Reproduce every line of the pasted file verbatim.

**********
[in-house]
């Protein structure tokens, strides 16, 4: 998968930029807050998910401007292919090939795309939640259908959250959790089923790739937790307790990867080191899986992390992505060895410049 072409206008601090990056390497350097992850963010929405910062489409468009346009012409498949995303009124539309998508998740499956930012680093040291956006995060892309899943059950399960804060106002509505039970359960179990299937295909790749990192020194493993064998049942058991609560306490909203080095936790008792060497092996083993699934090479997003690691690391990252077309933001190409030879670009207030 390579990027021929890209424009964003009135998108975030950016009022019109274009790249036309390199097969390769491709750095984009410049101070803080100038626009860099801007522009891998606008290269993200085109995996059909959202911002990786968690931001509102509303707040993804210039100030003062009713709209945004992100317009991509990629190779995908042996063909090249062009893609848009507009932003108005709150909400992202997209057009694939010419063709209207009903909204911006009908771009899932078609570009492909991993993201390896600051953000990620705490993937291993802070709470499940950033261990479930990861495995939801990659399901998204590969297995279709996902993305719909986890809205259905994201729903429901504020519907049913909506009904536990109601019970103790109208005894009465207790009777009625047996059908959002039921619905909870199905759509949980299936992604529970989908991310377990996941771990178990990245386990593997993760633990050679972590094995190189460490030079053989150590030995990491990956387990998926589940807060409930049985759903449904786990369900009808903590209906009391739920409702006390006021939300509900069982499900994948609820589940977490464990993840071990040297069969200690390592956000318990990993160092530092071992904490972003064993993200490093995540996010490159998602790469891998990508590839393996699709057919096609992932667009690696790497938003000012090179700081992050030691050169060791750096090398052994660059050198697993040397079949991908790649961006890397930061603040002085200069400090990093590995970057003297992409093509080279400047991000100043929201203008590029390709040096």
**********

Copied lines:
[in-house]
């Protein structure tokens, strides 16, 4: 998968930029807050998910401007292919090939795309939640259908959250959790089923790739937790307790990867080191899986992390992505060895410049 072409206008601090990056390497350097992850963010929405910062489409468009346009012409498949995303009124539309998508998740499956930012680093040291956006995060892309899943059950399960804060106002509505039970359960179990299937295909790749990192020194493993064998049942058991609560306490909203080095936790008792060497092996083993699934090479997003690691690391990252077309933001190409030879670009207030 390579990027021929890209424009964003009135998108975030950016009022019109274009790249036309390199097969390769491709750095984009410049101070803080100038626009860099801007522009891998606008290269993200085109995996059909959202911002990786968690931001509102509303707040993804210039100030003062009713709209945004992100317009991509990629190779995908042996063909090249062009893609848009507009932003108005709150909400992202997209057009694939010419063709209207009903909204911006009908771009899932078609570009492909991993993201390896600051953000990620705490993937291993802070709470499940950033261990479930990861495995939801990659399901998204590969297995279709996902993305719909986890809205259905994201729903429901504020519907049913909506009904536990109601019970103790109208005894009465207790009777009625047996059908959002039921619905909870199905759509949980299936992604529970989908991310377990996941771990178990990245386990593997993760633990050679972590094995190189460490030079053989150590030995990491990956387990998926589940807060409930049985759903449904786990369900009808903590209906009391739920409702006390006021939300509900069982499900994948609820589940977490464990993840071990040297069969200690390592956000318990990993160092530092071992904490972003064993993200490093995540996010490159998602790469891998990508590839393996699709057919096609992932667009690696790497938003000012090179700081992050030691050169060791750096090398052994660059050198697993040397079949991908790649961006890397930061603040002085200069400090990093590995970057003297992409093509080279400047991000100043929201203008590029390709040096």